“Living in Chicago, there’s really a fast pace to life, and I saw it grow from a major city to a major world–class city in the time that I was there. That was really exciting, and I miss it, but I needed to be in a place where I could focus more,” explains Albert.
“I’ve done some of my best acting work – behind–the–scenes – that nobody gets to see here in Northern Michigan because I was able to have so much creative control over my projects. The other best part is working with so many talented people and watching them grow.”
LTCT welcomes anyone with a desire to be involved in theater – either backstage or onstage – to get involved. Whether selling ads, tickets, painting sets or applying makeup, no experience is necessary – just a willingness to learn and have fun.
“The nice thing about working with LTCT is I have a budget, and they’ve been putting on such good shows over the past 60 years, they understand that need for an all–around look for the show.”

Putting together a musical production like The Christmas Schooner requires the cooperation and dedication of many volunteers. In sharing their time and talents to present this show, which is quickly becoming a Northern Michigan tradition, the volunteers seemingly have already taken to heart the show’s message.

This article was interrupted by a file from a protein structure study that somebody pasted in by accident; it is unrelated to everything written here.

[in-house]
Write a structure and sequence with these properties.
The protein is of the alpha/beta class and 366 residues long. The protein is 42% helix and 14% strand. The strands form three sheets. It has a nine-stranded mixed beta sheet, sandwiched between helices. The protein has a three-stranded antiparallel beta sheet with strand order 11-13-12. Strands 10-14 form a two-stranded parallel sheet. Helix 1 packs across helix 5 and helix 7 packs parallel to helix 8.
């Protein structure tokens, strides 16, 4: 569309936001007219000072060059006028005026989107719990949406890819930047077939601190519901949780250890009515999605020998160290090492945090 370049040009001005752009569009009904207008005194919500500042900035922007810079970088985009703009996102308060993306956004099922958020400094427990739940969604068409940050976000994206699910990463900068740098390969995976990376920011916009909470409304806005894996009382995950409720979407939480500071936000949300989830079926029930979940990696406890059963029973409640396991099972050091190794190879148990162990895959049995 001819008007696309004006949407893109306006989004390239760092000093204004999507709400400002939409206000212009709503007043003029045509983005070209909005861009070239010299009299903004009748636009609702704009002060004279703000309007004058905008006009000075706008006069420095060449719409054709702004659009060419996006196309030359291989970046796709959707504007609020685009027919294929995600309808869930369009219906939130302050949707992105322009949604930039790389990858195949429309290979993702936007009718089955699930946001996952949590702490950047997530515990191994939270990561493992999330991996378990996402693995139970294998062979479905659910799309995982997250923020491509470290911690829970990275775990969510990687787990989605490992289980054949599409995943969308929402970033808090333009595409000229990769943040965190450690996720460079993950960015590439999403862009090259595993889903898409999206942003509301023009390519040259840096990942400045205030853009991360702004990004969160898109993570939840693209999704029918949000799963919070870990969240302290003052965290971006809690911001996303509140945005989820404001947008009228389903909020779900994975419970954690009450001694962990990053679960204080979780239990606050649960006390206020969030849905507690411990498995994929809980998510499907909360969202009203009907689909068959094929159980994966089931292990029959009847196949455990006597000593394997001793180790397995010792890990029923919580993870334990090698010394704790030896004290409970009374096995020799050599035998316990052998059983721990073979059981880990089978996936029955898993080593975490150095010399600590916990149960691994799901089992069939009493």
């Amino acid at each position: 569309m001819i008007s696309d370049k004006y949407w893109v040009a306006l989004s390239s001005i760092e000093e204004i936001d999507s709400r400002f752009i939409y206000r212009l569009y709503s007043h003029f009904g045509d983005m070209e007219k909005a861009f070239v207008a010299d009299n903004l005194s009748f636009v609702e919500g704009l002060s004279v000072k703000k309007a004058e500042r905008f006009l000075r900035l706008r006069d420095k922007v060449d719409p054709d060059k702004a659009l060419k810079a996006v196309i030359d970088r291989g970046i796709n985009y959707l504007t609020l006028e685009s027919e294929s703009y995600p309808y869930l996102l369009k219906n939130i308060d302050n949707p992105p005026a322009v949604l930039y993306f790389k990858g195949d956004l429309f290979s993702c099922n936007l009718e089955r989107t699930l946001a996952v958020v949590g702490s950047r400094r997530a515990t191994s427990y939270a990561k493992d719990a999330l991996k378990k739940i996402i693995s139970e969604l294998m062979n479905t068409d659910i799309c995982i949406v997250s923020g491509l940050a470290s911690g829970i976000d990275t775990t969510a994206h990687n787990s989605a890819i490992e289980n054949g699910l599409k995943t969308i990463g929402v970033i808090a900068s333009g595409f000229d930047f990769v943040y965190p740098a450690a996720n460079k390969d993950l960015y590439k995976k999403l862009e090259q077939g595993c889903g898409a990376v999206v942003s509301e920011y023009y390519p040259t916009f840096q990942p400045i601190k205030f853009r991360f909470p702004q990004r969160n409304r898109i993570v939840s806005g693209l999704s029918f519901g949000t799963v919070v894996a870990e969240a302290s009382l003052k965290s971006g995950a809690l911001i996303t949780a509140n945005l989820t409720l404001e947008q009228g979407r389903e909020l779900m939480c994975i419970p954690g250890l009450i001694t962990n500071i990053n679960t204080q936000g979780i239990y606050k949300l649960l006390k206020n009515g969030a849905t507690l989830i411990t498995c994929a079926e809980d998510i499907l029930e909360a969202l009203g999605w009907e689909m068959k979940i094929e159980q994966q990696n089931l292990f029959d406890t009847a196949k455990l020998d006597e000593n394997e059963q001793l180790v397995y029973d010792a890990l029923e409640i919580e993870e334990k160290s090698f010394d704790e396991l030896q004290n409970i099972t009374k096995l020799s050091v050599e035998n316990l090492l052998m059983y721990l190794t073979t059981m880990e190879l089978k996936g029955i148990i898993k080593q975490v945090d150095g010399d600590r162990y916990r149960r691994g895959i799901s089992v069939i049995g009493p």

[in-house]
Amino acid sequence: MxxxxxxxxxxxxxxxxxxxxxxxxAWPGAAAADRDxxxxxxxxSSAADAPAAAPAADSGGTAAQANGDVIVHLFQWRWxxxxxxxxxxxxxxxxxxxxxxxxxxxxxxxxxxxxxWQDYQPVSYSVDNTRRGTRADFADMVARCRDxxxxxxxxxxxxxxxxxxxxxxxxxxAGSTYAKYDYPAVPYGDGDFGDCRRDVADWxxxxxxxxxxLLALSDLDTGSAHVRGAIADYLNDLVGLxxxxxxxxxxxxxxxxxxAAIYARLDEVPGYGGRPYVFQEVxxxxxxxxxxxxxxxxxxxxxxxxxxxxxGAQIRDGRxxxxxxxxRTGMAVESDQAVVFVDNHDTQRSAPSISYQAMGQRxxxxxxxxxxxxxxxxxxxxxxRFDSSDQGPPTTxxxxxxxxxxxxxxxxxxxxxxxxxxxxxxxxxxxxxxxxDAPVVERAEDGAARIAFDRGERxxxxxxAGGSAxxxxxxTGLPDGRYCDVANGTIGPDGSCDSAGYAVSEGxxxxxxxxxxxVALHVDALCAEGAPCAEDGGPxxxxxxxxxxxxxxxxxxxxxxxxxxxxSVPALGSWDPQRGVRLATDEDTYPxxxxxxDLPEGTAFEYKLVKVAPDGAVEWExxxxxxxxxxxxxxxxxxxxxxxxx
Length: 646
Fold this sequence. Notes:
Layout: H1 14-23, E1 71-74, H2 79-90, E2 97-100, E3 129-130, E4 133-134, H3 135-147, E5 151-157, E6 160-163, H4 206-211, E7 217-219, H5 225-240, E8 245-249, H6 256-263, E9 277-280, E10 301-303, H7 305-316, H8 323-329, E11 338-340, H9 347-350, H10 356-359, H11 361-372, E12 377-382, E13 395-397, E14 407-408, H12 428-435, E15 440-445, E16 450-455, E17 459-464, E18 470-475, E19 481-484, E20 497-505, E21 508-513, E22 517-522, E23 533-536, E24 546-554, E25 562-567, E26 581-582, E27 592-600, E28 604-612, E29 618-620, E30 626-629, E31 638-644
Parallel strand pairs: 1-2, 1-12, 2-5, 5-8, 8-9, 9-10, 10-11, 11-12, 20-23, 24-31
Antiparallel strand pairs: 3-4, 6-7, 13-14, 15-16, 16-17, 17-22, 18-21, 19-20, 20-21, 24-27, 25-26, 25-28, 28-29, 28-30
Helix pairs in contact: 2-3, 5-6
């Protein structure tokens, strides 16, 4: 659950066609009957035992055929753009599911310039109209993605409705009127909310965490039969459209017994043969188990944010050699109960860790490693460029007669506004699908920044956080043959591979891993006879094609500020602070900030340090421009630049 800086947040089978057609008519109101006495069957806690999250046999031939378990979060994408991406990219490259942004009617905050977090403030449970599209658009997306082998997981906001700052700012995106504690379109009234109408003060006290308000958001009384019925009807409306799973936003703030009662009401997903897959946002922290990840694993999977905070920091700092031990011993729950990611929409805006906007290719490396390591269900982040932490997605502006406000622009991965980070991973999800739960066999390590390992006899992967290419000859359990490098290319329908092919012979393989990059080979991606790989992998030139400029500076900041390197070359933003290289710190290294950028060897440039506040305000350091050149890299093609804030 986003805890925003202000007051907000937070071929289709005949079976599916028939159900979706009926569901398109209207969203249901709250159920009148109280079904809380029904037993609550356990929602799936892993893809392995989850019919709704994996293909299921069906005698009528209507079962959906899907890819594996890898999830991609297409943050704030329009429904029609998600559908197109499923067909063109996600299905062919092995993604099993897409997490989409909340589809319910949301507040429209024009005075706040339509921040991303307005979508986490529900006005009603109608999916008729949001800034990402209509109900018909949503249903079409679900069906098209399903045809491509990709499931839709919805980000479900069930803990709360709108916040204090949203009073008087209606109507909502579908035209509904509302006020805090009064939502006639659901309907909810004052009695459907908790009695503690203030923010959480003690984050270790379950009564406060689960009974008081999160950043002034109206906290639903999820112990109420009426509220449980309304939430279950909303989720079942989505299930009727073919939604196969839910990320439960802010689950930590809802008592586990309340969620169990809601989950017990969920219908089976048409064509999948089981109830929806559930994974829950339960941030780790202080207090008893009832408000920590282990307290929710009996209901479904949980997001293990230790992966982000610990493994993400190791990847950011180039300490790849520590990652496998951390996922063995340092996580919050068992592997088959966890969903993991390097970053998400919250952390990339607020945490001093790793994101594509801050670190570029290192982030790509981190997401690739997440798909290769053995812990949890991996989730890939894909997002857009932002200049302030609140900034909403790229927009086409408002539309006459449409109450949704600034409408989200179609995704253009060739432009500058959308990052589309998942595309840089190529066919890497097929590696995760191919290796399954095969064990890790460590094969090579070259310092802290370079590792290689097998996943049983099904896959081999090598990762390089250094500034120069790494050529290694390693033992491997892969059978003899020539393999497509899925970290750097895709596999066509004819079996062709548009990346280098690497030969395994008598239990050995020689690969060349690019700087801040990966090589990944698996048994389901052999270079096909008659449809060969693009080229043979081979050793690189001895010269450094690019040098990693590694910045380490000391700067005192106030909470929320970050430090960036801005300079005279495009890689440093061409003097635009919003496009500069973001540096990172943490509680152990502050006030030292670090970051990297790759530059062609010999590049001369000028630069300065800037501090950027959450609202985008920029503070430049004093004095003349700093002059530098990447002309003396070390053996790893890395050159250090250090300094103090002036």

“When you get the message of The Christmas Schooner – that our blessings aren’t ours to keep – if you think about what a short time we’re here on this planet, it’s a very short time to make an impact,” says Albert. “So I think it’s really important to pass along that wisdom, that knowledge, that tradition, that love, that experience to whomever you can.”

The Christmas Schooner will be presented by the Little Traverse Civic Theatre in the Ross Stoakes Theater located in the Crooked Tree Arts Center in downtown Petoskey. Shows are December 6–9 and 13–16 with evening performances beginning at 8 p.m. and Sunday matinees beginning at 2 p.m. To reserve tickets call 231–348–1850, order online at www.ltct.org, or stop in the box office located in the Crooked Tree Arts Center from 10 a.m. – 2 p.m., Monday through Saturday.